●     A labor shortage that is likely to increase. While the latest jump in labor shortages was likely in part due to frictional challenges in delayed retirements and training of new drivers as a result of the 2008-2012 recession, the shortage of labor expected to double by the end of the decade as the industry faces drivers who have now decided to retire. Reports show the need of roughly 1 million new drivers by 2028, and 54% will be the result of driver retirement.

●     Autonomy and trucking. While over the longer-term autonomous driving technology could help close this labor shortfall, near-term Level 2 and Level 3 driver-assist technologies could attract new drivers, as well as expand operational capacity as shifts can be complemented by new AV systems.

●     Potential cost savings for refrigerated trucking. Specifically to cold chain and refrigerated trucking, this could also increase efficiencies for operators, while also potentially improving job quality. With hauls completed in less time, the fuel consumption from continuous duty refrigerating units could drop. Innovation in electric and hydrogen technology could increase these savings.

Clean fuel and autonomous synergies

While broad market adoption of EV trucks is likely a few years away, AV systems are likely to be paired with electric and/or hydrogen freight vehicles, which can allow them to achieve even greater benefits in the future. Long-haul clean fuel trucking platforms could decrease fuel costs and help address emissions in the transportation sector—which accounts for 16% of global greenhouse gas emissions. Moreover, co-combustion technology companies are showing promise that hydrogen can be used in existing Class 8 vehicles, offering the savings and emissions reductions of clean fuel in existing fleets.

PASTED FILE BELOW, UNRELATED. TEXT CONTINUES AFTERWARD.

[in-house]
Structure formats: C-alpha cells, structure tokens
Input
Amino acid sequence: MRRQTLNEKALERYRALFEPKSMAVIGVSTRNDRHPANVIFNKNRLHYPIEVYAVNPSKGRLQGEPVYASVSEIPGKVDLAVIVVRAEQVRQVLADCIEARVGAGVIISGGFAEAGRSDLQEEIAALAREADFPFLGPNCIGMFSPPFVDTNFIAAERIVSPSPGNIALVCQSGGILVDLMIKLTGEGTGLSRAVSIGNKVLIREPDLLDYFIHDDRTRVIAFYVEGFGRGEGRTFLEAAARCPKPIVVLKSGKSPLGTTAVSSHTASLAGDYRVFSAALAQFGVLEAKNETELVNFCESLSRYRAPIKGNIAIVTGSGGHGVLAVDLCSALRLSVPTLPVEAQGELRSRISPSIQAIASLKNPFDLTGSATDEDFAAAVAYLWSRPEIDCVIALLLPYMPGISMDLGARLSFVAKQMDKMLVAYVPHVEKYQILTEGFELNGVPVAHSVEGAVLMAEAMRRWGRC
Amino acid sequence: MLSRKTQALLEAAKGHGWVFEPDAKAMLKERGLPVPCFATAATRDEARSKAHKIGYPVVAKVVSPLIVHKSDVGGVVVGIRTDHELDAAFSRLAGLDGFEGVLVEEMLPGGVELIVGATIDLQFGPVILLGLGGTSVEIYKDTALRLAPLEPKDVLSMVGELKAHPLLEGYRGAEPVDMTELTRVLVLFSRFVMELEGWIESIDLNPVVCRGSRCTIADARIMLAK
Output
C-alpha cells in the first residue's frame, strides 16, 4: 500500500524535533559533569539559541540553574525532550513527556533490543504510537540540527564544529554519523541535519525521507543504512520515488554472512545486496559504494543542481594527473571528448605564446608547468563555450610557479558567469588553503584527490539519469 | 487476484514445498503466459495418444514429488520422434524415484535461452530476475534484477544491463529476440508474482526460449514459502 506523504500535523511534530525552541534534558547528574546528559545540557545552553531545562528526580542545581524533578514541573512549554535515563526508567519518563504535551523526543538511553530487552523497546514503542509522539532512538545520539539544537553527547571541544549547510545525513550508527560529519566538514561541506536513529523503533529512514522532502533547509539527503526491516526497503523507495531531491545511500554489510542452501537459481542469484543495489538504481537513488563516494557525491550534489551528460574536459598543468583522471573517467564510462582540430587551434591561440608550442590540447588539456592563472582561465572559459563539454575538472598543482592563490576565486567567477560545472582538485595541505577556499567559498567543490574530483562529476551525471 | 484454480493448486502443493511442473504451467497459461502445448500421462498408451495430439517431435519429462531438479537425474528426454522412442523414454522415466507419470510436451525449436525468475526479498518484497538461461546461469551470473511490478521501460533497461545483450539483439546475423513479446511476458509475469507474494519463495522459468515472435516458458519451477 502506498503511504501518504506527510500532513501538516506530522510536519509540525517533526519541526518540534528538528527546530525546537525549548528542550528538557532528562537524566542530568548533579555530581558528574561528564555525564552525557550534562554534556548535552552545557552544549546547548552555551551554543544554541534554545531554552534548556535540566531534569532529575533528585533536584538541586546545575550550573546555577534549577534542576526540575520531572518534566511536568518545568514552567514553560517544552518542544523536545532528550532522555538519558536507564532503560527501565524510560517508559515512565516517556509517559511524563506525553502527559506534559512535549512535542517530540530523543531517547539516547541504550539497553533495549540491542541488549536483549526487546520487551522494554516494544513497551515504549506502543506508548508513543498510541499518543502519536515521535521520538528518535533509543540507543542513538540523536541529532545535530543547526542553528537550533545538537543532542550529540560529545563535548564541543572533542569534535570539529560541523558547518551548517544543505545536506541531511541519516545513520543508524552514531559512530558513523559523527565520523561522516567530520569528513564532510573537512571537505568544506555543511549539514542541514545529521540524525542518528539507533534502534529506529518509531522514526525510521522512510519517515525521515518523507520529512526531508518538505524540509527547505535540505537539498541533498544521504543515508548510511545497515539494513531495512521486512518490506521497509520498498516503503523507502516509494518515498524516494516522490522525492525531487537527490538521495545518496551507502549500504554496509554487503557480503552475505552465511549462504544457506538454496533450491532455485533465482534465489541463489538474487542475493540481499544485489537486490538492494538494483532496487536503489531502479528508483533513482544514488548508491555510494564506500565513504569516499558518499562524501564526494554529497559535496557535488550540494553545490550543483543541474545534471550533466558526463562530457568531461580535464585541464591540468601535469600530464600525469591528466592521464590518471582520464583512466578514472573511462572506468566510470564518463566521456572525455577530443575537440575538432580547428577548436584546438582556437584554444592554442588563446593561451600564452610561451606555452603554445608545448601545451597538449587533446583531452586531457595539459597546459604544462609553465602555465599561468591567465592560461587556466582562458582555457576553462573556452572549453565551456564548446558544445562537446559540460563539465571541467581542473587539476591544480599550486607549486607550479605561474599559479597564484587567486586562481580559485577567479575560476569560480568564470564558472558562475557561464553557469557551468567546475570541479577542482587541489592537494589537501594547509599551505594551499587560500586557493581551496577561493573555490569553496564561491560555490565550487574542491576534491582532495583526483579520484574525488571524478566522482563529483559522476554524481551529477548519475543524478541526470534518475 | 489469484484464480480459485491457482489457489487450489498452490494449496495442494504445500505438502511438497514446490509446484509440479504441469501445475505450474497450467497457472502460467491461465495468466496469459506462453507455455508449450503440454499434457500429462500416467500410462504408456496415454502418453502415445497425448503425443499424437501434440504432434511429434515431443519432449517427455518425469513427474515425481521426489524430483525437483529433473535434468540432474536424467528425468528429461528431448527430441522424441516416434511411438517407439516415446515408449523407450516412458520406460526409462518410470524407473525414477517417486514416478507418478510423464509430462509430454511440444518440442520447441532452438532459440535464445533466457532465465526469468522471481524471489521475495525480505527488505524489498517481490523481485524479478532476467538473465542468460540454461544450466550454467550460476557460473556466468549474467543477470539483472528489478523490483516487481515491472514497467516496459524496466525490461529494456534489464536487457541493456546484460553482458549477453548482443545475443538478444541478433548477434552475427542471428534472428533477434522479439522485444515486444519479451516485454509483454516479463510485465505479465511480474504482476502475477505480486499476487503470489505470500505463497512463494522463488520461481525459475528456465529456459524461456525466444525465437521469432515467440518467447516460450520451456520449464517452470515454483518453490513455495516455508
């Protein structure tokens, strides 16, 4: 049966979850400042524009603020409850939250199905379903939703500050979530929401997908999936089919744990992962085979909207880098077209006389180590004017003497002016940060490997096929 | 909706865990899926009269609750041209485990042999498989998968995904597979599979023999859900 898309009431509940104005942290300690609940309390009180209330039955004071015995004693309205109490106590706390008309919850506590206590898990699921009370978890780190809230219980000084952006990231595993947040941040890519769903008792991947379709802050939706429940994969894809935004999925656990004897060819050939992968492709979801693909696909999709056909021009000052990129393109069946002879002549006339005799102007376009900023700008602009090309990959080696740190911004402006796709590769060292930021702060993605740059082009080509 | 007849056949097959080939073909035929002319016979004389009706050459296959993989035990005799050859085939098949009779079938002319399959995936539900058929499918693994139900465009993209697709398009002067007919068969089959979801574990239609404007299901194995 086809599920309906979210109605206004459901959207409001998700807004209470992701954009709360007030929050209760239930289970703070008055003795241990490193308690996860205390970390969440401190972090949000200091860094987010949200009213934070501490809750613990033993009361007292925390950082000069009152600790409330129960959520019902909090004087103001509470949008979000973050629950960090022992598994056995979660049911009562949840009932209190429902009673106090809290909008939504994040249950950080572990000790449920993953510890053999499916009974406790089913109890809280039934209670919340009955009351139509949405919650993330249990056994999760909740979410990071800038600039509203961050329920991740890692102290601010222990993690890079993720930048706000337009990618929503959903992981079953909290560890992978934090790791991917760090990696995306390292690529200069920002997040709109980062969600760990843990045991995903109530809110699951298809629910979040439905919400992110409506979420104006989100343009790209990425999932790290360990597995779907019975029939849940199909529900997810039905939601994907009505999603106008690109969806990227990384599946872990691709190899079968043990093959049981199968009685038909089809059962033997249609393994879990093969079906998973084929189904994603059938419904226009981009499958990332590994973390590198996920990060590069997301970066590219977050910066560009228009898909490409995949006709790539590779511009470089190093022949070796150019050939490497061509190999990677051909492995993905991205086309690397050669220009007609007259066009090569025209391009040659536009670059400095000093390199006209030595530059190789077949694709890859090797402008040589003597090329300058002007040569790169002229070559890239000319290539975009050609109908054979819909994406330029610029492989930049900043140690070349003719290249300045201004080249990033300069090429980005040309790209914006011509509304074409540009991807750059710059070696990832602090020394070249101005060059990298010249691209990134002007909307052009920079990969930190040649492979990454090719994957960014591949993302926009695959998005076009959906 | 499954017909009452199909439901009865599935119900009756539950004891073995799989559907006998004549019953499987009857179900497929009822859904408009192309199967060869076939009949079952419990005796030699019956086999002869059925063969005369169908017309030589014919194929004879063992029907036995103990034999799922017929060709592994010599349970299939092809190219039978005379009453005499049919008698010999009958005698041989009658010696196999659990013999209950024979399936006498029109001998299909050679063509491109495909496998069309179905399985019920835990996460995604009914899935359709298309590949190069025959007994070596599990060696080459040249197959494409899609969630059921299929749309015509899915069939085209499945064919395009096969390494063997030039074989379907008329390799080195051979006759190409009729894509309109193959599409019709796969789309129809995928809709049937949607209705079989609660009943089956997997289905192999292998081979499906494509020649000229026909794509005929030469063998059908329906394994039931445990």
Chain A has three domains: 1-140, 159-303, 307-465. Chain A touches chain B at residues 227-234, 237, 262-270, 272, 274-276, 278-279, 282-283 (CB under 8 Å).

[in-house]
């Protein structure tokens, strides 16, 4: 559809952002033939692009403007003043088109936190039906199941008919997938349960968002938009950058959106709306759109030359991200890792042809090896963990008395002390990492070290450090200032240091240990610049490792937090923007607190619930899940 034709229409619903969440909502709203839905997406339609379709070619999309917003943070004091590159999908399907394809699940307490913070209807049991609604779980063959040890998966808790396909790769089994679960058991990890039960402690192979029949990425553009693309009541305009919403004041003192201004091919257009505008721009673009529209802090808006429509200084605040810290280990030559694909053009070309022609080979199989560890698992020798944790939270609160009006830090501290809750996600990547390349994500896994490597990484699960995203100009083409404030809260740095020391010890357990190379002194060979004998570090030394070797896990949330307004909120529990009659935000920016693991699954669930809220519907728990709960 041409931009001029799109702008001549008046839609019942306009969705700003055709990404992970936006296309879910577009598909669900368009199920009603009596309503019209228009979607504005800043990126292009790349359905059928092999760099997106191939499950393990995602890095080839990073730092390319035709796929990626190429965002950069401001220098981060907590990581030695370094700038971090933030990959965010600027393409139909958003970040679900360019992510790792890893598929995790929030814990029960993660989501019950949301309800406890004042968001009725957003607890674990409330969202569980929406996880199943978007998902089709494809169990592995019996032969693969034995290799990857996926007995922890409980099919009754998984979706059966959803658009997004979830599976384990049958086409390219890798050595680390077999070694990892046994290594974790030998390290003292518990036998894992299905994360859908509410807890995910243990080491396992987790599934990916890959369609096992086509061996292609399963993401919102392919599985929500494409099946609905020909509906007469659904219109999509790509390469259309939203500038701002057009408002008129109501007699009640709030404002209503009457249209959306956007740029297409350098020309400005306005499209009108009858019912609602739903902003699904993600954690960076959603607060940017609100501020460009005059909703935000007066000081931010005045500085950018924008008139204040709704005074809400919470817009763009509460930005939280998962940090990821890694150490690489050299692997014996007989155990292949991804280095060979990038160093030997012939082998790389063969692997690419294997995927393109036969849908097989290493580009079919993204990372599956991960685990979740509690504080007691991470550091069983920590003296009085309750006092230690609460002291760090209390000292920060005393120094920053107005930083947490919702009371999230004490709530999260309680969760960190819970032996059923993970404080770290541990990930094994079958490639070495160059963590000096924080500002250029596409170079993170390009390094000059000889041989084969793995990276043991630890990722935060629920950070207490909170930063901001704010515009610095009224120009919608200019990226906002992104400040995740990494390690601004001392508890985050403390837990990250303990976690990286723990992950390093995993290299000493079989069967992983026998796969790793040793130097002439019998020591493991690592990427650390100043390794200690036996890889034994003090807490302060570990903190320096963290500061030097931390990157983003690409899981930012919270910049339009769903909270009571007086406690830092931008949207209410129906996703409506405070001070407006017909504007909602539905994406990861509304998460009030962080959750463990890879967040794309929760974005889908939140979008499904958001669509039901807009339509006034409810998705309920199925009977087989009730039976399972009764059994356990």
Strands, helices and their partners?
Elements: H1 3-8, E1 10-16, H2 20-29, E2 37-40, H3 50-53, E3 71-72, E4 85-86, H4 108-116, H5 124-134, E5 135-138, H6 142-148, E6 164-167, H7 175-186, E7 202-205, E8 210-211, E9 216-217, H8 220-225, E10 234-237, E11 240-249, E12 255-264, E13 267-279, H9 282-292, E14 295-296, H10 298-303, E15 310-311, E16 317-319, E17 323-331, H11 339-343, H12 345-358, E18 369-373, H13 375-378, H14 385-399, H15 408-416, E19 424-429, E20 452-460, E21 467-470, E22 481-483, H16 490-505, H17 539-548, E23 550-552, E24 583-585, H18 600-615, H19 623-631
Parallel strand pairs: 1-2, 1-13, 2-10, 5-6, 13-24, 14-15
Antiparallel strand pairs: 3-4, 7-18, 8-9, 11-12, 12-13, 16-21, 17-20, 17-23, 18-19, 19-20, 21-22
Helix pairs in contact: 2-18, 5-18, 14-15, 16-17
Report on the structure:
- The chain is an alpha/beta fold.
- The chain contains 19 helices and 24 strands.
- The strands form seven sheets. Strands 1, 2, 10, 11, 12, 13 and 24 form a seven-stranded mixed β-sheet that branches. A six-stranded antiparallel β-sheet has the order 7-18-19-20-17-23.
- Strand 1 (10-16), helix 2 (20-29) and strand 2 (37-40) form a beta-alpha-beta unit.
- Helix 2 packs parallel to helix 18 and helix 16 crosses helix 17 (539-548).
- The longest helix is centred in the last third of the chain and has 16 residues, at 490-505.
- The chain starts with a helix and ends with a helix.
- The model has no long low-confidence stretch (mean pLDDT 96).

●     Achieving reductions in air pollution. There is considerable regulatory focus on reducing heavy duty vehicle pollution along major highway corridors and in local communities due to health impacts, particularly high with refrigerated freight. One 2015 study found that a fleet of 1 million refrigerated truck units had the same environmental pollution equivalent of up to 56 million diesel cars due to higher fuel consumption. Transitioning these trucks hydrogen and eclectic fuels will help address this and could drastically reduce carbon pollution.

●     Fuel savings of autonomy for refrigerated freight. One study, conducted by TuSimple and the University of California San Diego, found that autonomous technology can reduce fuel consumption by as much as 10% for heavy duty trucks. When considering the overall higher fuel consumption of refrigerated/cold chain vehicles and the associated air pollution, this fuel savings could benefit not only fleet operators but also collective environmental goals. 


The coming years will reveal substantial advancements in autonomous technology, but also in the proliferation, transmission, distribution and storage of clean fuel technology. Both of these innovations stand to increase the efficiency, profitability and sustainability of long-haul trucking operations. Specific benefits include increased services to small business, ability to meet labor demands and the opportunity to embrace a hydrogen and electric fleet. While there may be obstacles that slow the pace of the technology adoption, they are not insurmountable. Moreover, global attention to economic resilience, social mobility and environmental stewardship across sectors will continue to accelerate the transition to clean, automated technology in the logistics sector over the next the decade.